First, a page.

I applied to be a part of Campus Conversations on Race (CCOR) as a first year student because I wanted to have discussions about real issues over tea. By the end of the semester I gained knowledge, friendships and valuable experiences I would not have gotten anywhere else. The following semester I was asked to co-facilitate the program and now I am on the Like Minds e-board as the CCOR representative and I'm in my fourth semester with the program.
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Simmons students care passionately about the issues they believe in. So far this semester, Simmons students have taken their interests to the next level by working together to take action.
Most recently, Simmons students displayed passion in the annual production of The Vagina Monologues, a play by Eve Ensler. This student-run performance truly combines acting with activism. The play educates, entertains, and enrages the audience about women's issues around the world, while featuring a spotlight organization. Each year, Vagina Monologues directors select a local organization to benefit from the funds raised. New England's first women's shelter, Transition House, is this year's beneficiary from the Simmons ticket sales. I had a total blast being a member of this year's cast, all while raising funds for an important cause!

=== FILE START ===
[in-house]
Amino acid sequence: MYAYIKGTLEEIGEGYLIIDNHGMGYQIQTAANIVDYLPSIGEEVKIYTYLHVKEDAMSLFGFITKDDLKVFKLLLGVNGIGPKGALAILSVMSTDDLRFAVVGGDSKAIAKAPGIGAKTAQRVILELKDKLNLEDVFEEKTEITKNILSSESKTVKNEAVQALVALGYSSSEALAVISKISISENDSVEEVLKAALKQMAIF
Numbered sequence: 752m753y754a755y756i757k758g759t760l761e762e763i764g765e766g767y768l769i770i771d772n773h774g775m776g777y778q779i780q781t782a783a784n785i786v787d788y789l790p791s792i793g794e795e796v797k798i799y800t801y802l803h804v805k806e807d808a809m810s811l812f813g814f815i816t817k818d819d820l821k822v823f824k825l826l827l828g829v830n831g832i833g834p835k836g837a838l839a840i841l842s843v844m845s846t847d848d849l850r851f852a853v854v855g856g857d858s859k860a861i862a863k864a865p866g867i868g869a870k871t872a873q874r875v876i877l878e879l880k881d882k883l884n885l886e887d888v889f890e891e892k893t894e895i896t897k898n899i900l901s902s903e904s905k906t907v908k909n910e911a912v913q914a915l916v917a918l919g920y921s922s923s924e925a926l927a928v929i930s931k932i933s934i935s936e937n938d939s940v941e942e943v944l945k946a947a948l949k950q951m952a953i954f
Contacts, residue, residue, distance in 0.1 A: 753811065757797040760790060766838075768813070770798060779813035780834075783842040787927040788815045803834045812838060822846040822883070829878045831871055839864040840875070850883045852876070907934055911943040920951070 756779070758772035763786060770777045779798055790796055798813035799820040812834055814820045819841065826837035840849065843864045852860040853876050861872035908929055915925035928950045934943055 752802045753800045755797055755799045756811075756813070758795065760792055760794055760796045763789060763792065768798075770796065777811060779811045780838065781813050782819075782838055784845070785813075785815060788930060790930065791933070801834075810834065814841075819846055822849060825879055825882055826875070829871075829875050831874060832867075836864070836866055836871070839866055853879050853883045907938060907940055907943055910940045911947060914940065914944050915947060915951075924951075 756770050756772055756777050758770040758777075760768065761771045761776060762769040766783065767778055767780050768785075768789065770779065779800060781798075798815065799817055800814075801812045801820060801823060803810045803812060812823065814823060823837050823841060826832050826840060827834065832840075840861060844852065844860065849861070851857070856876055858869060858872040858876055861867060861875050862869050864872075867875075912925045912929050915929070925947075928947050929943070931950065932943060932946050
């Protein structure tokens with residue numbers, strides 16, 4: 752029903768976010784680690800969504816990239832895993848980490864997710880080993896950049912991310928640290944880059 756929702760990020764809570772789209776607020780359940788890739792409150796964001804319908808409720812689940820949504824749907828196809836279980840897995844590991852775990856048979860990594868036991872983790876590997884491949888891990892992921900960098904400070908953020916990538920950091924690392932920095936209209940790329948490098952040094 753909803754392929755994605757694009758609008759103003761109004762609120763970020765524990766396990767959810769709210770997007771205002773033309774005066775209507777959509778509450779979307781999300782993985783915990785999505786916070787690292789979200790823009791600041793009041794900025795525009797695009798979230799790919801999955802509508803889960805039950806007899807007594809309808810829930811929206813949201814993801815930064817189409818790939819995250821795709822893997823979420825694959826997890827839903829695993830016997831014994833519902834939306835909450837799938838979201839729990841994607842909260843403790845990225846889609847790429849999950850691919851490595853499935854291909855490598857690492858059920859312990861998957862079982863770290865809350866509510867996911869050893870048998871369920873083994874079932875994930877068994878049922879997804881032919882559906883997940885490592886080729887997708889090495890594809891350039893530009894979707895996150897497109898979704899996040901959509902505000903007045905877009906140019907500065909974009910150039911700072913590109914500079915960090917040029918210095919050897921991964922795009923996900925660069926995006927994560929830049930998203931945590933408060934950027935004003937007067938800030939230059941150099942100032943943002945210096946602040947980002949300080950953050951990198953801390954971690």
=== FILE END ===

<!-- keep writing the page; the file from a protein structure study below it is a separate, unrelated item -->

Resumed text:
For some, this semester began with an intensive January course known as Simmons World Challenge. This is a class that is open to sophomores and when I heard how much this year's class enjoyed it I felt nostalgic towards my experience last year in World Challenge. SWC offers unique courses with new topics each year, and students collaborate in small groups to brainstorm, research, explore, create, and present a solution to an issue. This year's program actually had two different topics: one on immigration, and another about the media. One example of a World Challenge outcome this year was an in-depth analysis of how the media portrays violence.